Feeling out the social life, making friends in the fandom, but ... not promoting the fandom or supporting others in the fandom community per se? It's a little confusing, but I don't think your presence here disproves community, even if you consider the idea of a fandom community's empathy and camaraderie something that you would not support personally.

    Consider the alternative, though. You could commit, join the cult :3, start doing things that make the community and the fandom stronger than the storms around the world lately, and ultimately find opportunities to build people here up. It'd be be awesome! Why not? This place is an online worldwide fandom convention that never ends, so the attending and the planning and the volunteering all happen at once.
     
    Last edited: Nov 14, 2017
  13. JJPaw

    JJPaw New Member

    You know, the best way we can improve as a community/fandom. Is stop being so nitpicky about the terms and words used. It's almost like the furry fandom has it's own unwritten dictionary somewhere and it's so unwritten, many people fall into it that prompts someone to pop up out of no where and criticizes the user. For using a word that they have a definition of but differs from someone else's own description.

    The smaller we find things to be nitpicky and dramatic about, the more we're no better than the very society the Furry Fandom strives to be better than. We'd be about equal. In a society anymore that finds anything and everything offensive, this is the perfect time to shine through and say proudly "we're over this, we know what's what, we're mature and you guys are children! Grow up!"

    But you know, stuff like this, is steps back than steps forward.
     
  14. ChromaticRabbit

    ChromaticRabbit lagomorphic

    I'm not sure what you mean by society, or even which one you wish to compare and contrast with. We are an international fandom community that spans language and culture. To flourish, we must take the best in us and discard the worst things, the things that make people fly apart not come together.

    Having common language and shared understanding is important, but it's not about picking nits nor beating people over the head, it's about seeking some universal essence of this thing and speaking about it cogently. It's about the society of our community, and those values, too. It isn't easy, but it sure helps to be articulate. If you feel the conversation is drama or pointless, inequitable, or that all offense taken is a lie, or people letting you do whatever you want is "maturity," while having their own voices must be "drama," then there's a structural deficiency in your appoach to equality and community collaboration that seems troublesome both for you and others.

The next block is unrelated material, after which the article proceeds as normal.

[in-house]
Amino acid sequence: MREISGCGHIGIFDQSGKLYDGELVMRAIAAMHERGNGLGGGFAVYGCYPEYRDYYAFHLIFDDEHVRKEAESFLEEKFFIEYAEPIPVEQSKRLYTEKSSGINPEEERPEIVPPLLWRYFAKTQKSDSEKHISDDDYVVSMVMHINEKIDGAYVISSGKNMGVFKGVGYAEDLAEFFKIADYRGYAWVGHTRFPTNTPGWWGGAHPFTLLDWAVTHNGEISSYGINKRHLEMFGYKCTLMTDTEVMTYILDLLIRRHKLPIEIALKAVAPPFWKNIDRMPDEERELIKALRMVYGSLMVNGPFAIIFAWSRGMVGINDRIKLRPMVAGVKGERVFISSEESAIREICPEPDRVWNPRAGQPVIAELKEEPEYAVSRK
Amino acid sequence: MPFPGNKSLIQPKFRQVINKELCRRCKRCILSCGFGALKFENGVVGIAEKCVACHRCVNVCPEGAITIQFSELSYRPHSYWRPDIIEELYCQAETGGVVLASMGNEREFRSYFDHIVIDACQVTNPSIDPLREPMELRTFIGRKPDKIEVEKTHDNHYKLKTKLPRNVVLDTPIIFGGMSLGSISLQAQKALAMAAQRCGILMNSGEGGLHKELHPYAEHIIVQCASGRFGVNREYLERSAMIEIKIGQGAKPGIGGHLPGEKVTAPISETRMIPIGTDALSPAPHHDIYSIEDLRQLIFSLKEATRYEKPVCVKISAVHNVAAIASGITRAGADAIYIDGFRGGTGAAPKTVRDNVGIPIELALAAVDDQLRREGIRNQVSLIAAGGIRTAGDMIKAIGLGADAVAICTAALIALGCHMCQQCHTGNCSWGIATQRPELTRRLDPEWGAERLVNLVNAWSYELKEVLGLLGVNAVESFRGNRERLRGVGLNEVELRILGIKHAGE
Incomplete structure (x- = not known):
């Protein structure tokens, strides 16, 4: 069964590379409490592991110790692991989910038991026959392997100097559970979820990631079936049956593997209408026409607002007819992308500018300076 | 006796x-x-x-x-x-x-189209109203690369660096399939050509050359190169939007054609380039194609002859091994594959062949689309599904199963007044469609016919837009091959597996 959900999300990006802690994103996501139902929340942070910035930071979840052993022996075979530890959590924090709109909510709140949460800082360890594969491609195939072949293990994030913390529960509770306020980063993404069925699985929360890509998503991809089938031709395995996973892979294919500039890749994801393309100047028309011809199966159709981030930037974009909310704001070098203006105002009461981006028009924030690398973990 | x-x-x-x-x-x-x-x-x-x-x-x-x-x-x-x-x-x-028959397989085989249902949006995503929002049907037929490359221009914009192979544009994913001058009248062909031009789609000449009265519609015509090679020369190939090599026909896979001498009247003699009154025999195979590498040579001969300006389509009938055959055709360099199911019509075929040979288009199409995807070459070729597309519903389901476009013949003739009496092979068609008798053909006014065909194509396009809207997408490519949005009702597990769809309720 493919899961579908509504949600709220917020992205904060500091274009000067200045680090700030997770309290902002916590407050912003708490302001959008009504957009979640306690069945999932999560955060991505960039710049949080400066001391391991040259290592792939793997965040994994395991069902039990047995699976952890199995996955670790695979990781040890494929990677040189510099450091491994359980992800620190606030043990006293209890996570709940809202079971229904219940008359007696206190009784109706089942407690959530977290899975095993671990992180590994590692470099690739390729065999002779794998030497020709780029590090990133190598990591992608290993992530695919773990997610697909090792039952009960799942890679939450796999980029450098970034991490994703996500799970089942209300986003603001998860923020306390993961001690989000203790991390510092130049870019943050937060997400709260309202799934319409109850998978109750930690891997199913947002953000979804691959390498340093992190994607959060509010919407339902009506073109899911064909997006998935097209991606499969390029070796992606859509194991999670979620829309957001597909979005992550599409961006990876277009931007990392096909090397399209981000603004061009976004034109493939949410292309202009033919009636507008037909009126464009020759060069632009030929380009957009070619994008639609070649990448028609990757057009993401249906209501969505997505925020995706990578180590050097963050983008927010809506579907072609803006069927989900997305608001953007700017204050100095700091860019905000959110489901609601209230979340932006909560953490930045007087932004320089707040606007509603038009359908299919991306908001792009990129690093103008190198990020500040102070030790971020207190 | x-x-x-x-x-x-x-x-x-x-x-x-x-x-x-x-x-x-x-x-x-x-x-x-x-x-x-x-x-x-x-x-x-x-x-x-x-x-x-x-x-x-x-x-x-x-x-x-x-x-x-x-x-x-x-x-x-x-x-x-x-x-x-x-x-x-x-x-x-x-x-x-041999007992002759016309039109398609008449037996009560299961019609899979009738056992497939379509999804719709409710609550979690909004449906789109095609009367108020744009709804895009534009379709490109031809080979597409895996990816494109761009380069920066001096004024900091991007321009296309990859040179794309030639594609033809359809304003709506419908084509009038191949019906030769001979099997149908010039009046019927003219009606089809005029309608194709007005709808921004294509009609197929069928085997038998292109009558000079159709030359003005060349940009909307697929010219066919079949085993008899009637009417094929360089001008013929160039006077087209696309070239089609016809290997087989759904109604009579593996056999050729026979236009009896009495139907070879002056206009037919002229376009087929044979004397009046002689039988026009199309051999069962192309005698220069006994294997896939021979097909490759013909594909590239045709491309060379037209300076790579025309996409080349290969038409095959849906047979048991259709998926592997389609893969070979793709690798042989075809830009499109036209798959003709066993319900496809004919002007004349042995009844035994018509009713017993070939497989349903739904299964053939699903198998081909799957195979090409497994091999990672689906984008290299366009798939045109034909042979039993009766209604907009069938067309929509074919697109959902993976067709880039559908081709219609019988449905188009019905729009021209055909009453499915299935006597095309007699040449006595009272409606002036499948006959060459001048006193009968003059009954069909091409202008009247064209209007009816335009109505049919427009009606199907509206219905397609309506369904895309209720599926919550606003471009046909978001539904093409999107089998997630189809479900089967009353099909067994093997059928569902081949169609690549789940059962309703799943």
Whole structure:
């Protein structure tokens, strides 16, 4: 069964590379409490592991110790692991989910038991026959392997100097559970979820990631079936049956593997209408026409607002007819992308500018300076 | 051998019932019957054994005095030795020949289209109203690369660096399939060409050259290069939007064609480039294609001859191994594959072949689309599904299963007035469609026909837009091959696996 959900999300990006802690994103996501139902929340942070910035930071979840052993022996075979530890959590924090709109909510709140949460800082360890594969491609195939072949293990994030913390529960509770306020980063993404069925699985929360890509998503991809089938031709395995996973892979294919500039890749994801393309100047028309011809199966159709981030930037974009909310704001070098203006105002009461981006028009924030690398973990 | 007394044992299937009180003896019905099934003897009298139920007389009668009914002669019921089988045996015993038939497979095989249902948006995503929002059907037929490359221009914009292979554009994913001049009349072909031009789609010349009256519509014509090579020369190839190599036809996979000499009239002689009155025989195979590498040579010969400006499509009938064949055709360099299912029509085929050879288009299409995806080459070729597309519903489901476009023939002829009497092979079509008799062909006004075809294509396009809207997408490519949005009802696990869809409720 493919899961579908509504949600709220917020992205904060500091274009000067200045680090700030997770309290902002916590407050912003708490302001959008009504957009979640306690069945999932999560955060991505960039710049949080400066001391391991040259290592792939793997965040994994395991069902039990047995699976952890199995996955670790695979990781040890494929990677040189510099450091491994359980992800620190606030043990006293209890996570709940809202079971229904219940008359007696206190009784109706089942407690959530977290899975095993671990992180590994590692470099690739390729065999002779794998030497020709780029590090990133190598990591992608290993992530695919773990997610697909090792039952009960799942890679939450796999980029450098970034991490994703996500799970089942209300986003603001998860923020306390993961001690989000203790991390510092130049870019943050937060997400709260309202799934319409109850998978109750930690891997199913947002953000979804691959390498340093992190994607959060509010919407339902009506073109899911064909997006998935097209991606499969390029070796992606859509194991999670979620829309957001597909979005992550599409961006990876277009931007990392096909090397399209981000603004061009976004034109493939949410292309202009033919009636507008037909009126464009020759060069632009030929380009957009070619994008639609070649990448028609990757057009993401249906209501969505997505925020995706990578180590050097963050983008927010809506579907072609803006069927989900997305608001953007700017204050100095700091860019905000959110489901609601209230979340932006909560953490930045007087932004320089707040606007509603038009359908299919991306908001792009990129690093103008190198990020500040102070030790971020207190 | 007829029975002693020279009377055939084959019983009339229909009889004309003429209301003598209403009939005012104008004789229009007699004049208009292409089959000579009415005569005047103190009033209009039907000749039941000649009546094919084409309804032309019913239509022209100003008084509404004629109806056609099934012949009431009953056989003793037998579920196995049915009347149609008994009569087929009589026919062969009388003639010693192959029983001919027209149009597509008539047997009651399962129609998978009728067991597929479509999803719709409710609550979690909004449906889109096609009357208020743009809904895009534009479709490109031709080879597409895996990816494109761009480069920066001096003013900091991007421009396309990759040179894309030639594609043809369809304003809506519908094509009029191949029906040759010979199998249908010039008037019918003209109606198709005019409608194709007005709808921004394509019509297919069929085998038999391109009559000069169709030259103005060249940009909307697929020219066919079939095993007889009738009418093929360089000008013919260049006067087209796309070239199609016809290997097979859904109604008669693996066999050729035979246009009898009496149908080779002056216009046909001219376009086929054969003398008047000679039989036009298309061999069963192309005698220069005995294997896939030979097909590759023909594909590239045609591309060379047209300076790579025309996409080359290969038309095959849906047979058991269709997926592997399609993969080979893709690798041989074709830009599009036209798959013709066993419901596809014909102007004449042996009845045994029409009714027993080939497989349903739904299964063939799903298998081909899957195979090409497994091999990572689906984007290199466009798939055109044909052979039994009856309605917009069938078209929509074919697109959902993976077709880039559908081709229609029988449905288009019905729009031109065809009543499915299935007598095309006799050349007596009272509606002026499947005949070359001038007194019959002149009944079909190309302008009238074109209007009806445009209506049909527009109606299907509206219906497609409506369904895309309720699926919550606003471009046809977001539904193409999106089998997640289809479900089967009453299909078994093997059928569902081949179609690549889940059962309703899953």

I'm not even sure where you're getting the idea that what you're doing here is civil. You haven't even equally approached the conversation itself, you're not interested in it or in having a standing with the people having it, and you just spit and sneer. And so, about that drama, growing up, acting like an adult? Live that dream yourself, friend, and step forward into a more collaborative world of empathy and camaraderie right here and now. Accept that we're doing it because we actually do have a care and feel some passion for the topic and the fandom community too. This might not be a conversation you'll want to contribute to. If you don't, respect the purpose of a fandom community forum like this and permit these ideals to be pursued. You're more than welcome to do your own thing in your own corner, but empty disparagement is always off-topic and distracting.
     
    Last edited: Nov 18, 2017 at 2:09 AM
  15. Yakamaru

    Yakamaru 100% Weaponized Autism

    Using wrong labels/names for things have consequences, and as such I am against using a definition that we can't apply to the Fandom as a whole. There are people in this fandom who don't associate/interact with other Furries.

    Words have meaning, names have power. And if they are used incorrectly, will not have the influence/effect you may want them to have.